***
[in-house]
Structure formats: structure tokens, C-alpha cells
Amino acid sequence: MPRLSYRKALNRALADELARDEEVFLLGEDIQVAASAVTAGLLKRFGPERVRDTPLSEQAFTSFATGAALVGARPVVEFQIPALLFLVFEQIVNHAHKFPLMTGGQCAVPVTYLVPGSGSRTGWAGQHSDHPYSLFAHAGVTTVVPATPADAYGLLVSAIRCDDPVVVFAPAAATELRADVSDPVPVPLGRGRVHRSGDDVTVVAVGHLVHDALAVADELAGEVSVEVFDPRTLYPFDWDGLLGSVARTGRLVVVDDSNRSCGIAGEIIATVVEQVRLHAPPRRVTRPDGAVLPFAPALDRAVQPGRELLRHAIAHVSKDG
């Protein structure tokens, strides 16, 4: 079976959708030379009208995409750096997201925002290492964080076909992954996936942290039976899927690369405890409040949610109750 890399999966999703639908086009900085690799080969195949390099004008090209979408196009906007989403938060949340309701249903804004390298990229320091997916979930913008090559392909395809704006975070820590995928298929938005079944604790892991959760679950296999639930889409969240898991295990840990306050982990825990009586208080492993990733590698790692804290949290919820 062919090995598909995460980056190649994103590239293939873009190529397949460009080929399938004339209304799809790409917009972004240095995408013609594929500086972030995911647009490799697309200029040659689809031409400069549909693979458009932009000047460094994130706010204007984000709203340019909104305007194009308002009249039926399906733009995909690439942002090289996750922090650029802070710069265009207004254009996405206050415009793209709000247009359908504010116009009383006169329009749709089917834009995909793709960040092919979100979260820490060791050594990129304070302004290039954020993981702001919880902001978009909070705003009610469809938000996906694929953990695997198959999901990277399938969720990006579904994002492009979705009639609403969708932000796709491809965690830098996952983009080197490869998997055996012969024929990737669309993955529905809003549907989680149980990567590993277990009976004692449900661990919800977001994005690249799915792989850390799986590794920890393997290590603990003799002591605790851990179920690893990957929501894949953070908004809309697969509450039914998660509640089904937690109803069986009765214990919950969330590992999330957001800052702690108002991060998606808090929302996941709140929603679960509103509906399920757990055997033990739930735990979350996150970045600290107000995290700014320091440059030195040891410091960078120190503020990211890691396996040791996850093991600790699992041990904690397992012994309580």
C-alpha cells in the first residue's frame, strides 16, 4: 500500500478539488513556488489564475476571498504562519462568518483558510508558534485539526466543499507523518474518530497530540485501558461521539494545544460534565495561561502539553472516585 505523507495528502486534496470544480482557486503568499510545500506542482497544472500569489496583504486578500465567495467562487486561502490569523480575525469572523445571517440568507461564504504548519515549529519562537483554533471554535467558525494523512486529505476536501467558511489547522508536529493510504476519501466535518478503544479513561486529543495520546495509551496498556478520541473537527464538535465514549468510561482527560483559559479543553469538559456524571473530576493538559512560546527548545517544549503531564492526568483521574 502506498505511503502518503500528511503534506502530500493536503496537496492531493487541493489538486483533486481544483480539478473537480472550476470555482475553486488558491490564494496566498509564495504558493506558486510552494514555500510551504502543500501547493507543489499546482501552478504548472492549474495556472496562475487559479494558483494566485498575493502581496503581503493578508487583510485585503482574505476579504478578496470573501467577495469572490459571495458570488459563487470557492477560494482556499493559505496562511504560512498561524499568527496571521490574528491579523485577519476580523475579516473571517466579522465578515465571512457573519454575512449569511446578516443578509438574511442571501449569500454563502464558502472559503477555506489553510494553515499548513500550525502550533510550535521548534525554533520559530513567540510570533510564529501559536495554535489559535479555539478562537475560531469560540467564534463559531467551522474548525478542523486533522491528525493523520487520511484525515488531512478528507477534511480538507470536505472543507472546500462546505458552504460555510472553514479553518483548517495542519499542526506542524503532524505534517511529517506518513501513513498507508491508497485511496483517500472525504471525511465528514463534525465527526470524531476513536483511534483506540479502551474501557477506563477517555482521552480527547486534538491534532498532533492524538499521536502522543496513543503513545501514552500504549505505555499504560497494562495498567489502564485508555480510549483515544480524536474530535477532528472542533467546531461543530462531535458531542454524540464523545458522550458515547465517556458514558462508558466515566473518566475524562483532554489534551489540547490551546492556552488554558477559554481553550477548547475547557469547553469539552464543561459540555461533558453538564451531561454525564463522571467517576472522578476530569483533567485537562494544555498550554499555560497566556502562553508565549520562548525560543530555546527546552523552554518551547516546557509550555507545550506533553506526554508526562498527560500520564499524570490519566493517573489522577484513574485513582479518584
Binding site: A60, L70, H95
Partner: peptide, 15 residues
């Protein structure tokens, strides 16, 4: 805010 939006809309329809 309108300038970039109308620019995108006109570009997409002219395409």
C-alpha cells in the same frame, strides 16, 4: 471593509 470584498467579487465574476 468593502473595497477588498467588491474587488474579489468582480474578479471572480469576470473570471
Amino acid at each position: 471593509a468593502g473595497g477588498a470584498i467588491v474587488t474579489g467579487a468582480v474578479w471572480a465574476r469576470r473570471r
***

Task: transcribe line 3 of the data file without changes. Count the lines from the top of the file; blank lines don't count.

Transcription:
Amino acid sequence: MPRLSYRKALNRALADELARDEEVFLLGEDIQVAASAVTAGLLKRFGPERVRDTPLSEQAFTSFATGAALVGARPVVEFQIPALLFLVFEQIVNHAHKFPLMTGGQCAVPVTYLVPGSGSRTGWAGQHSDHPYSLFAHAGVTTVVPATPADAYGLLVSAIRCDDPVVVFAPAAATELRADVSDPVPVPLGRGRVHRSGDDVTVVAVGHLVHDALAVADELAGEVSVEVFDPRTLYPFDWDGLLGSVARTGRLVVVDDSNRSCGIAGEIIATVVEQVRLHAPPRRVTRPDGAVLPFAPALDRAVQPGRELLRHAIAHVSKDG